Do you abide by this mindset while working in Cubase? Will it always apply to DAWs?
Does this philosophy hold true?
Yes and No
In general, I don’t worry about keeping my channel faders low.
The writer of the article justifies his point with this:
Why not keep your channel faders all hot and turn the master down? Because you will still be overdriving cheap plug-ins. Well written plug-ins can handle a hot signal but some of the coolest freeware and to be honest some big name effects clip internally when even a warm signal is shot at them. The worst part about this happening is there is no visual warning. All you know is your mixes just sound like crap.
I agree this is something to be checked for. I do with my plugins, in which case, I Do moderate the channel fader, or use a different plugin.
Some say that clipping on your track buses doesn´t affect sound quality since the calculations are kind of done on the master bus (layman terms, sorry… I´m no Greg Ondo).
The technique mentioned on the link i´ve been using for years. No compressor limiter on the master bus too. I like compression, it´s never enough , how it sounds or else no one used a mastering compressors, EQ, pan thingies and etc on the mastering process…
that´s just a method i stick to. As i progress, i listen clearly to the direction things are taking,
I guess if i was used to do other way, i also would be more familiar with that process.
It can be fatiguing because of headroom issues and all but one learn to circumvent them as well.
I agree with the article writer but he leaves out the whole issue of tracking. If you record hot and then lower your fader, you haven’t fixed the problem – you’ll need to either process the file using a gain reduction function, or insert a trim plug-in on the track.
I used to be one of those guys who recorded as hot as possible because that’s how I was taught – it was about maximizing bit-depth. Over time I learned about level calibration in both analog and digital systems, something I knew from way back but had abandoned when I started using a DAW.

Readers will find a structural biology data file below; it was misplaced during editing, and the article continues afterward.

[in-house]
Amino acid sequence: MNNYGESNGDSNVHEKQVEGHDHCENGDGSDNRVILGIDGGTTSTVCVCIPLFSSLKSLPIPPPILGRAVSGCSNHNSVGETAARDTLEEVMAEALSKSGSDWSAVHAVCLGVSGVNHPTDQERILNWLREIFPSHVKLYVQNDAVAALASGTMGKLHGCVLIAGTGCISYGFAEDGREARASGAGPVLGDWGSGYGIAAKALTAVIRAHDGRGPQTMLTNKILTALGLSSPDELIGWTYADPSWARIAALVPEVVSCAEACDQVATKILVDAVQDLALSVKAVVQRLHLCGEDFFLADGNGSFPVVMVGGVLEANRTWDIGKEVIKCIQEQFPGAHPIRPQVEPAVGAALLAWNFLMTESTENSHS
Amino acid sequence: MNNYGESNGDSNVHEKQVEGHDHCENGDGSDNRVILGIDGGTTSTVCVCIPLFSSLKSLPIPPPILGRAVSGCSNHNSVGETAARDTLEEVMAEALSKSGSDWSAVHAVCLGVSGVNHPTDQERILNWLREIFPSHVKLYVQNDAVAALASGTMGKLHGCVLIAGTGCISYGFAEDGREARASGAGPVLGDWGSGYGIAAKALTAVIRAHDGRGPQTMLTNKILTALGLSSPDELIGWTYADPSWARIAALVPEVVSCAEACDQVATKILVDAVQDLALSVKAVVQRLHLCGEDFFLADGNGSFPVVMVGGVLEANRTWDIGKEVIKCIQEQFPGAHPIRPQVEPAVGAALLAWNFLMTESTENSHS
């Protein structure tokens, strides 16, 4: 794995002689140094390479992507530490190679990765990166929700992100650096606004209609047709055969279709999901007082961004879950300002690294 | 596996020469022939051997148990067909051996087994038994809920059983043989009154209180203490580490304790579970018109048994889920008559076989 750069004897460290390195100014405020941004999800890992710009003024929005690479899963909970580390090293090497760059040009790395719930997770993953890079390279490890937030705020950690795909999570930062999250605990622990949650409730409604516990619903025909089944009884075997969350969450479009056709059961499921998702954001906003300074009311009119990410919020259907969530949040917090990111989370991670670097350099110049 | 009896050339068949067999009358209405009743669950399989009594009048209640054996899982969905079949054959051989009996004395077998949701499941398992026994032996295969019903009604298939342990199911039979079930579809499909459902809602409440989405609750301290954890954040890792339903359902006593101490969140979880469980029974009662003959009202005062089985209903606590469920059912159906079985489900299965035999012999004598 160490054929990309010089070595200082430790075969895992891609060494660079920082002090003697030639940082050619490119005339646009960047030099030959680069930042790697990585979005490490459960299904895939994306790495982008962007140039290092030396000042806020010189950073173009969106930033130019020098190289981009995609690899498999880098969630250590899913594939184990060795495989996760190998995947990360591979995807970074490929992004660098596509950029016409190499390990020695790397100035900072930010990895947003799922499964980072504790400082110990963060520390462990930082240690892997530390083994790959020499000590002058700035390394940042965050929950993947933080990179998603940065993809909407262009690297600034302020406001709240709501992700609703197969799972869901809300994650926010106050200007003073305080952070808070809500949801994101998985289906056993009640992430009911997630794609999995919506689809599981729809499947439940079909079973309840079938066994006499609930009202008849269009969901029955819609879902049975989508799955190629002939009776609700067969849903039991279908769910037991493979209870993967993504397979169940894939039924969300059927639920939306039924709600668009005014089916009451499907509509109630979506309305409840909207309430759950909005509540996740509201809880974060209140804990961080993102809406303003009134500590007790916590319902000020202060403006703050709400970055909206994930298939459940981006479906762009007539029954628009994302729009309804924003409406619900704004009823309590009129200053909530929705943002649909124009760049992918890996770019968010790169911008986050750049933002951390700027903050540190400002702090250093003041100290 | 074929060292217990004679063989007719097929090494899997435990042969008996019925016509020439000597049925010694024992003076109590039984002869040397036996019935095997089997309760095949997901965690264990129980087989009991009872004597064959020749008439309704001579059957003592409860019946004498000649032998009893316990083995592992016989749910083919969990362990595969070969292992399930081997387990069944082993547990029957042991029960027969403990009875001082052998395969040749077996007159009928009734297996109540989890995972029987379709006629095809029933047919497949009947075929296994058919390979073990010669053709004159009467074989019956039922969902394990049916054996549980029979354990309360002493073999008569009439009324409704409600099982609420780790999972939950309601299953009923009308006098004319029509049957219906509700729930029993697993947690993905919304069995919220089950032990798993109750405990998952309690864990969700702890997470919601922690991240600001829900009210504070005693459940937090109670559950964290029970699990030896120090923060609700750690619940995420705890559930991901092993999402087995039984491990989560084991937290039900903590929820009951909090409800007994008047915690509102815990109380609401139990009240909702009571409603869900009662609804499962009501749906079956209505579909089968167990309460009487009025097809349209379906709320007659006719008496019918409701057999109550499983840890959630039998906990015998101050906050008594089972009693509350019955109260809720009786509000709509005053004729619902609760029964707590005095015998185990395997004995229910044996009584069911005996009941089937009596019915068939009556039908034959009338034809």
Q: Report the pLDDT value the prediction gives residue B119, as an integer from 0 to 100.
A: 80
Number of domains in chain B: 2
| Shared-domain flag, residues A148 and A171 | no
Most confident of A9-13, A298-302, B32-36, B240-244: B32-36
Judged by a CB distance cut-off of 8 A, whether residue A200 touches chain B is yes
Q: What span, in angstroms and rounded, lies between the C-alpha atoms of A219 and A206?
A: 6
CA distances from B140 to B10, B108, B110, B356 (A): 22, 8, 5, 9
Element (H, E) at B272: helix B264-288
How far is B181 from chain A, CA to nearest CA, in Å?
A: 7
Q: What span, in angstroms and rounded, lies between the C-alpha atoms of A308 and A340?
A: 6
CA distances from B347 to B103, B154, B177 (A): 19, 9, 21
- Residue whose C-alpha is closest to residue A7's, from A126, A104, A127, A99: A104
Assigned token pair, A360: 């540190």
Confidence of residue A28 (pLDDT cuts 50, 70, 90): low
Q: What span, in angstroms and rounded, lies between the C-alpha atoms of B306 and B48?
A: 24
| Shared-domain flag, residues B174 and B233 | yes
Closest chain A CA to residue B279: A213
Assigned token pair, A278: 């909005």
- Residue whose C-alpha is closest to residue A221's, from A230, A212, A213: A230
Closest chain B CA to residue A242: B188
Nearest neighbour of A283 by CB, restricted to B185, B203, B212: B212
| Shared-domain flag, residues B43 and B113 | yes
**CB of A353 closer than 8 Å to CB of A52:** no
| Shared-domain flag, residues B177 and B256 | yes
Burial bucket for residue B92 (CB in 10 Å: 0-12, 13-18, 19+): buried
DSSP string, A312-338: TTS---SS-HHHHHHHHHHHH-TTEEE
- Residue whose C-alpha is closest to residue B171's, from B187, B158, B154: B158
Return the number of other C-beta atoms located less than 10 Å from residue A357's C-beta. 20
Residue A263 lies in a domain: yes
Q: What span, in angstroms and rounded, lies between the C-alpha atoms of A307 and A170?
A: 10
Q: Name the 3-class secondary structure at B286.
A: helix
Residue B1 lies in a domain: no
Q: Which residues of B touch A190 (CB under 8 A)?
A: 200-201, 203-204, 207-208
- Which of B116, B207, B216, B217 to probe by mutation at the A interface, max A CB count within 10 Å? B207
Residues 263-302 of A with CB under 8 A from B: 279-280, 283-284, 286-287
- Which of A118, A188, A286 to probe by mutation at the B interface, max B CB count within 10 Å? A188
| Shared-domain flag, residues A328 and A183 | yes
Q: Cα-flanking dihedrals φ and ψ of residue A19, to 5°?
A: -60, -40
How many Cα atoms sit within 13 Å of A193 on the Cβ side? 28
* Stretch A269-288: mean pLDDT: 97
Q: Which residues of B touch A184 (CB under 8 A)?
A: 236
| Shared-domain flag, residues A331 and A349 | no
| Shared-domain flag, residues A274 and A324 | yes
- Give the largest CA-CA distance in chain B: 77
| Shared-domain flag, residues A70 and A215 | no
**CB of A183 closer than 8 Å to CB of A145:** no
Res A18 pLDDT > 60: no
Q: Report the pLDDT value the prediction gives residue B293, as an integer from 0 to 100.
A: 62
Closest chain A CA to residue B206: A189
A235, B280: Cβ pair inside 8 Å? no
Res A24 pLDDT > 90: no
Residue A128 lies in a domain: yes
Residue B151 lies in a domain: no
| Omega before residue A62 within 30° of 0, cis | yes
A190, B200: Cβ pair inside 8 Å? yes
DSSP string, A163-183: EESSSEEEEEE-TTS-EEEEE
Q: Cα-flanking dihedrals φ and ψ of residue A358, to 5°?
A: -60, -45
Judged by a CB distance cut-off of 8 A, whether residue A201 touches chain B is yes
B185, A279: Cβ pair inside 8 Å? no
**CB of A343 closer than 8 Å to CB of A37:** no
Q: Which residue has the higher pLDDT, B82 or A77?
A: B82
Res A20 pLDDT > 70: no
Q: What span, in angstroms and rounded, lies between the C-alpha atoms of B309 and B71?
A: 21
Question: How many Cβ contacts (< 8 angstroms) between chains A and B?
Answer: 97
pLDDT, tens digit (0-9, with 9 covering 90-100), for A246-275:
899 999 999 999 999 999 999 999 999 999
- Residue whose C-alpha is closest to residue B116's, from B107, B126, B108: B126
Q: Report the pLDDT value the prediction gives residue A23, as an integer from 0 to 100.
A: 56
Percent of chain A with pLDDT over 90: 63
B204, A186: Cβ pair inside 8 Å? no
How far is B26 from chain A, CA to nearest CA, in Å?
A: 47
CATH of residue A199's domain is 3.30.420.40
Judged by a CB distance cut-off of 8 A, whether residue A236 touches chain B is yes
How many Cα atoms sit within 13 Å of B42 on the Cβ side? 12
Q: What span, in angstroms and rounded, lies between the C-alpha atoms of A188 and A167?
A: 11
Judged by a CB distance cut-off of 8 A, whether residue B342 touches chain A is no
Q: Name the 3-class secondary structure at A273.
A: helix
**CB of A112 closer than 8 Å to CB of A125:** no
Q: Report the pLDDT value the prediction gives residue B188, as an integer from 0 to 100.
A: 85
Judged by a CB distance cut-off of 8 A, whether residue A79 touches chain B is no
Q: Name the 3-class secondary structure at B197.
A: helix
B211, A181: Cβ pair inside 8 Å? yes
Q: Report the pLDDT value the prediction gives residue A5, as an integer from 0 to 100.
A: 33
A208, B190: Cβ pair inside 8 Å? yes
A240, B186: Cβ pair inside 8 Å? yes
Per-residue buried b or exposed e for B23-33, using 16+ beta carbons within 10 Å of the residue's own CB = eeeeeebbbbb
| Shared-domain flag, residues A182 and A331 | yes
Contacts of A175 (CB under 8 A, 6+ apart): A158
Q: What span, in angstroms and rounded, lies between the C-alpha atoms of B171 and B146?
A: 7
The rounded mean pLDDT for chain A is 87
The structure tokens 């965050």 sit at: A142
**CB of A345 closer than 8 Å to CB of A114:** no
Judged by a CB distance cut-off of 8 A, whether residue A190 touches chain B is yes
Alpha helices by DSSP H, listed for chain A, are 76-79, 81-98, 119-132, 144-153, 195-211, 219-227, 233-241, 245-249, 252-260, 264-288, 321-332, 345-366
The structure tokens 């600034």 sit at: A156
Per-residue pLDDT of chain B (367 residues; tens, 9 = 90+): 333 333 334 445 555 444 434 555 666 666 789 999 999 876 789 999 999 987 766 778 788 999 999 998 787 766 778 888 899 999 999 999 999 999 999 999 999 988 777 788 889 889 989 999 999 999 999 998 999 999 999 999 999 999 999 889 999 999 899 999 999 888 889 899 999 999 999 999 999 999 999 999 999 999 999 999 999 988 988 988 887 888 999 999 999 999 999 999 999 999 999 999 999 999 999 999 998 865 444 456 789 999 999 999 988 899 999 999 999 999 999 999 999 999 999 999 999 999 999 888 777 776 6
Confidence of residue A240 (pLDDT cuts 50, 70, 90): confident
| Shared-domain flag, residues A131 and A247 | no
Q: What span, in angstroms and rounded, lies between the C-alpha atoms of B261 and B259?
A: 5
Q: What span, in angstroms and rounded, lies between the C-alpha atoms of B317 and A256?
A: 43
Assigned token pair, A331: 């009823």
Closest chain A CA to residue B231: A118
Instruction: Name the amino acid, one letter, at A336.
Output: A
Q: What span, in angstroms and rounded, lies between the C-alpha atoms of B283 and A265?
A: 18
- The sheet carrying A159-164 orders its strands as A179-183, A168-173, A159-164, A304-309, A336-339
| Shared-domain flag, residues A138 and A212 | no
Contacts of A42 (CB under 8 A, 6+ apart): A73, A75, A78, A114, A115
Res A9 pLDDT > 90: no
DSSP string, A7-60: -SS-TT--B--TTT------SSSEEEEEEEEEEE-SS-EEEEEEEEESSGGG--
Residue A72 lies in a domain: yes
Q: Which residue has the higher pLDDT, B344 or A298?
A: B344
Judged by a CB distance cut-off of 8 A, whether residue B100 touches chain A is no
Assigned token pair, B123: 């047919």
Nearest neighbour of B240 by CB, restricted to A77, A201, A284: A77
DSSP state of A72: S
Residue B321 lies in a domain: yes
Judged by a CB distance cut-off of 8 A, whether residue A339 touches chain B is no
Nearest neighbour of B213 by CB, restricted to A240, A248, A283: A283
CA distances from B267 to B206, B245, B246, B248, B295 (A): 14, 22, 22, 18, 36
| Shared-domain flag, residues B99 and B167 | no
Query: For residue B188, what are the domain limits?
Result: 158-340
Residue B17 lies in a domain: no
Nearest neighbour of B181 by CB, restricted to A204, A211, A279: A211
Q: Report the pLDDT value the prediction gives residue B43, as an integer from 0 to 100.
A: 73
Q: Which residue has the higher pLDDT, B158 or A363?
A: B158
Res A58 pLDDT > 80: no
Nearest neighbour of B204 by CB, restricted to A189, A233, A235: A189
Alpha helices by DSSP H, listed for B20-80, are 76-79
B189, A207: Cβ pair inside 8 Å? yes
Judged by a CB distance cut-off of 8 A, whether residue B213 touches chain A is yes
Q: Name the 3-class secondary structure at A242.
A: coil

There’s one thing the writer stated that I partially disagree with, where he says “digital clipping is bad.” Well, yes and no. I’ve come to the conclusion/realization that some clipping on the master output is acceptable, as long as it isn’t audible, and this approach maintains “punch” in things like drums that plugin limiters invariably dilute.
If you calibrate your digital chain to your analog chain properly it shouldn’t be a problem.
Analogue gear is designed to run optimally ( Compromise between noise floor and increased level distortion ) at 0dBu.
In the digital domain 0dBFS is NOT the same as 0dBu. 0dBu should be around -12dBFS to allow headroom. It can even be lower. There’s a few different standards. Professionals will be able to say which standard their facility adheres to. Be careful. I’ve amazingly heard people who claim to be professional recording engineers recommending to record as near to 0dBFS as possible and couldn’t even state which standard their facility adhere to. Their are cowboys out there.
Thus it’s not good practise to record as close to 0dBFS as possible as you are not only pushing your analaiog gear too hot you are creating a gain structure in the DAW that isn’t optimal.
There’s no need to bit hog these days unless you are doing it for artistic purposes.
Basically leave headroom in your digital signal chain.